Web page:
Shark Week is sure to strike fear in millions of swimmers when it returns to Discovery Channel each July. But with the summer beach season in full swing, a Kennesaw State University biology professor says that sharks don’t really want to eat you.
“Humans are not the natural prey of sharks and the chances of you being attacked are almost zero,” says Professor Christopher Sanford, KSU’s resident shark expert and chair of the Department of Ecology, Evolution, and Organismal Biology.
So, who is more likely to get attacked by a shark and why?
There is no easy answer to why humans are attacked, Sanford says.
“What I can tell you is sharks don’t naturally eat people. That’s a misconception. It’s probably a case of mistaken identity and opportunistic encounters between humans and sharks.”Christopher Sanford, resident shark expert and chair of the Department of Ecology, Evolution, and Organismal Biology
Unlike Hollywood’s sensationalized view on Great Whites, Sanford explains that sharks could mistake someone on a surfboard or a swimmer in a wet suit for a seal, which is their natural prey. He believes that most attacks are the result of exploratory bites, and so once the shark has bitten, they will leave once they realize what they have bitten is not a marine animal.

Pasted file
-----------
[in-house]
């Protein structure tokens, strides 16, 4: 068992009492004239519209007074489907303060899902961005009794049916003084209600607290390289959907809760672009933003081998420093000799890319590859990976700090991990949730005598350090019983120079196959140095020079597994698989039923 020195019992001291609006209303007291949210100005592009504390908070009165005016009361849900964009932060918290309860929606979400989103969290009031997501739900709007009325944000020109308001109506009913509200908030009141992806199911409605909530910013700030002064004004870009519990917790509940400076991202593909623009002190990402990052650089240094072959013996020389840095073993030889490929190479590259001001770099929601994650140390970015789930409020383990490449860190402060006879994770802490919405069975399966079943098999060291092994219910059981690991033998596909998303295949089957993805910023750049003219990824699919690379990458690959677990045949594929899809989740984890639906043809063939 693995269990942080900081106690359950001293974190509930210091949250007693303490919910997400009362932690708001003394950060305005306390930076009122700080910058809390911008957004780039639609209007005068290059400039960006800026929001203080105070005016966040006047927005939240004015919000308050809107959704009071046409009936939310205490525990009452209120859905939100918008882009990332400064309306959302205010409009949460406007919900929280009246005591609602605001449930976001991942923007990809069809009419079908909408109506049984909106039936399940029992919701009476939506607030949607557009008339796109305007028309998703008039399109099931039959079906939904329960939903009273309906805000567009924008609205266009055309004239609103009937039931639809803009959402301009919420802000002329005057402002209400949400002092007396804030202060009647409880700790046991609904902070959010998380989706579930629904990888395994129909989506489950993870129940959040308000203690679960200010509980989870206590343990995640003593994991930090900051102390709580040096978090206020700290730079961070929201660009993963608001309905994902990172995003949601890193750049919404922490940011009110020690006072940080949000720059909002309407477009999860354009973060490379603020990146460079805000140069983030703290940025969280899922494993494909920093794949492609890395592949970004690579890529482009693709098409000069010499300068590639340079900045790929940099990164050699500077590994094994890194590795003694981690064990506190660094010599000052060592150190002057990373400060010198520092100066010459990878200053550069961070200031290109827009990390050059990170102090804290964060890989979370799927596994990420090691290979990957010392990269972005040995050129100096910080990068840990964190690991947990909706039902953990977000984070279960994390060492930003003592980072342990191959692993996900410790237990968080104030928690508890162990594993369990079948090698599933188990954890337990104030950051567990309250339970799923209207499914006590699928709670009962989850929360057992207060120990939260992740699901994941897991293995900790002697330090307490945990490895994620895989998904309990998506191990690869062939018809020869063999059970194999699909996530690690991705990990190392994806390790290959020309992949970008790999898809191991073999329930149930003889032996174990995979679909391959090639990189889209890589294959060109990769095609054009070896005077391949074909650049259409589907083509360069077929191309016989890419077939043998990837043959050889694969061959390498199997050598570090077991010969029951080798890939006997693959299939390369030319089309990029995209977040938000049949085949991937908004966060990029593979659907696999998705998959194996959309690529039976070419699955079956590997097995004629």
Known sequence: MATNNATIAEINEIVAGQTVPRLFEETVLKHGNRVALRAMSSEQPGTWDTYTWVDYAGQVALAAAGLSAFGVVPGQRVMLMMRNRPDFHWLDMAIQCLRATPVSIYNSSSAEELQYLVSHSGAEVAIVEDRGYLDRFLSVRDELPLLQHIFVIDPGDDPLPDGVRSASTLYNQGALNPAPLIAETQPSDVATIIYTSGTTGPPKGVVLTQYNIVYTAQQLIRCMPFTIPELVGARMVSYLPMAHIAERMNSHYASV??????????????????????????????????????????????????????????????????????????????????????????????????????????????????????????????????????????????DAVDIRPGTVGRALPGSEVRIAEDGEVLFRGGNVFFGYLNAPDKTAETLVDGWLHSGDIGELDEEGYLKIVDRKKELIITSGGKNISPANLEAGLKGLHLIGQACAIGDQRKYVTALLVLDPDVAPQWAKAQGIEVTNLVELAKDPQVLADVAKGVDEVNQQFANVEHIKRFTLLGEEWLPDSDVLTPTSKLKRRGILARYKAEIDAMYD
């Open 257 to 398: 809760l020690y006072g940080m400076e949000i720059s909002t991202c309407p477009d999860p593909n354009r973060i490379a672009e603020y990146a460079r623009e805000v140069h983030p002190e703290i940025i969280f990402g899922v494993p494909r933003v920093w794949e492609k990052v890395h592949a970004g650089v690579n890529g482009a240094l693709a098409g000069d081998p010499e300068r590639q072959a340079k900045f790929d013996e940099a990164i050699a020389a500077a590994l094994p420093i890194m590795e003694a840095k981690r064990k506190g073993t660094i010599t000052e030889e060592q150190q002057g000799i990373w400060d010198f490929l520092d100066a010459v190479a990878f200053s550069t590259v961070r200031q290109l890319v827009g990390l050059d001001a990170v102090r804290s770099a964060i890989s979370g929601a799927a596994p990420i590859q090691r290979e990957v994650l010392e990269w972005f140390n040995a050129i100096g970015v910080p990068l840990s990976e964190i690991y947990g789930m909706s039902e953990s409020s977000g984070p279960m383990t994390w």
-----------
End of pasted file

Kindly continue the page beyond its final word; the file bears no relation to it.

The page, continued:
And most people attacked by sharks survive, the biologist notes.
Where do most shark attacks occur and why?
Interestingly, most shark attacks occur in less than 5 feet of water and 100 feet from the shore, Sanford says.
“Don’t assume just because you are in shallow water that you are safe,” he cautions. “If there are people fishing nearby, be aware that there is a possibility that predators might be taking advantage, and when sharks have been sighted, swim at your own risk.”
What can swimmers do to minimize the risk of attack?
Sharks tend to feed more during early morning or late evening, so Sanford warns swimmers to avoid those times, particularly when sharks are known to be in the vicinity. He also suggests that if you are cut and bleeding, you should leave the water.
“Sharks do have a keen sense of smell,” he says. “If there are shark prey around, for example, you may see schools of small fish jumping and there is a good possibility that a predator may be close, so beware.”
What should you do if you’re attacked? Even though the odds are slim, Sanford explains that if you are attacked by a shark and have the opportunity to fight back— go for the shark’s sensitive areas such as the gills or eyes. While his advice may sound more like a movie scene than practical strategy, it could save your life this summer.